Are You Addicted to Cheese?

While people may have cravings for a variety of foods, some foods have truly addictive characteristics. Cheese is one of these foods, and many people have great difficulty giving it up, even if it wreaks havoc on their digestive system.

One of the main reasons that cheese is so addictive is that milk actually contains low levels of opiates, and in cheese, they become concentrated. In 1981, researchers at Wellcome Research Laboratories in North Carolina analyzed samples of cow’s milk, and found that it contained traces of morphine.

They found that morphine, along with other opiates including codeine, are naturally produced in the livers of cows and may be excreted into their milk.

Additionally, any milk that comes from any species contains casein, which is a protein that when digested breaks up into casomorphins, another class of opiates. When cheese is produced, the casein levels are concentrated, and some cheeses have more than others. When milk is made into cheese, the water, lactose sugar and whey proteins are largely removed, leaving a large amount of concentrated casein.

The presence of casomorphins may be one reason that many people experience digestive disturbances when eating cheese, even if they are not lactose intolerant. Opiates are notorious for causing constipation, and casomorphins, although they do not possess the strength of a painkiller, are no exception.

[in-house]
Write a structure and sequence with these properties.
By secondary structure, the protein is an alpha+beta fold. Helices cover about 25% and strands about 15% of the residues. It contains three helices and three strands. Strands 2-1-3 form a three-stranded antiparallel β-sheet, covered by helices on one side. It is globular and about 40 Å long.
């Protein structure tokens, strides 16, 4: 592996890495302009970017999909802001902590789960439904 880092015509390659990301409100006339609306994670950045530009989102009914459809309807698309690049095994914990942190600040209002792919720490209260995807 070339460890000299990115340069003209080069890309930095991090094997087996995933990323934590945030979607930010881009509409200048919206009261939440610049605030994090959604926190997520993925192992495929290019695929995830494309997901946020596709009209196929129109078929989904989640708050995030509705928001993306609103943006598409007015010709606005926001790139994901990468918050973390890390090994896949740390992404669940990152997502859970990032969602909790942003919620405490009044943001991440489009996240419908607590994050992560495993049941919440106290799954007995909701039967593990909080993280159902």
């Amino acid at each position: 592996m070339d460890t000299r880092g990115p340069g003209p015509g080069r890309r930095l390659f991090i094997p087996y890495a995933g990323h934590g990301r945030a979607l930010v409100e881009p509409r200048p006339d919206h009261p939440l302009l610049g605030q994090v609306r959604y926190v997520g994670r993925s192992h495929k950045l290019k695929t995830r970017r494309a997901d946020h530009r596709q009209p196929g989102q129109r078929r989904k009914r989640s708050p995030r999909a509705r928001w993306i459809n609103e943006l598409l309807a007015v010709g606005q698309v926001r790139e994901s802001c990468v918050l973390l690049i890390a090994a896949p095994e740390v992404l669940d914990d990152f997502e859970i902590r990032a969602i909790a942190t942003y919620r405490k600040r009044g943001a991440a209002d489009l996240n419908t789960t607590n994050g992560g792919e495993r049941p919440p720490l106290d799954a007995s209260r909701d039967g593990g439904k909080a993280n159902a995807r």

If the cheese you choose is processed, it may well increase its digestive distress quotient, besides adding an array of chemicals that your body does not need and often cannot properly digest.

Another compound in cheese that may increase its addictive nature is phenylethylamine (PEA), which is similar to an amphetamine in composition.

A study published in 2011 in the European Journal of Cancer analyzed the eating habits of 200 bladder cancer patients, as well as a control group of 386 cancer-free volunteers. The researchers concluded that eating more than 53 grams of cheese per day increased one’s risk of bladder cancer by 50 percent.

This study was small in scale, and the researchers assert that more studies are needed to assess the link between daily cheese consumption and bladder cancer, but the results do emphasize that this is one food that should be eaten in moderation, at best.

CheeseIf you do choose to eat cheese, grass-fed, organic cheese is your best bet, as it does not contain the growth hormones and other chemicals used in processing commercial cheese varieties. However, the naturally addictive properties still exist even in organic cheeses, so be wary.

If you are looking to break away from a cheese habit, know that there are plenty of vegan cheese recipes available, which may not provide the ‘fix,’ but will certainly provide some great flavor to your meals.

-The Alternative Daily


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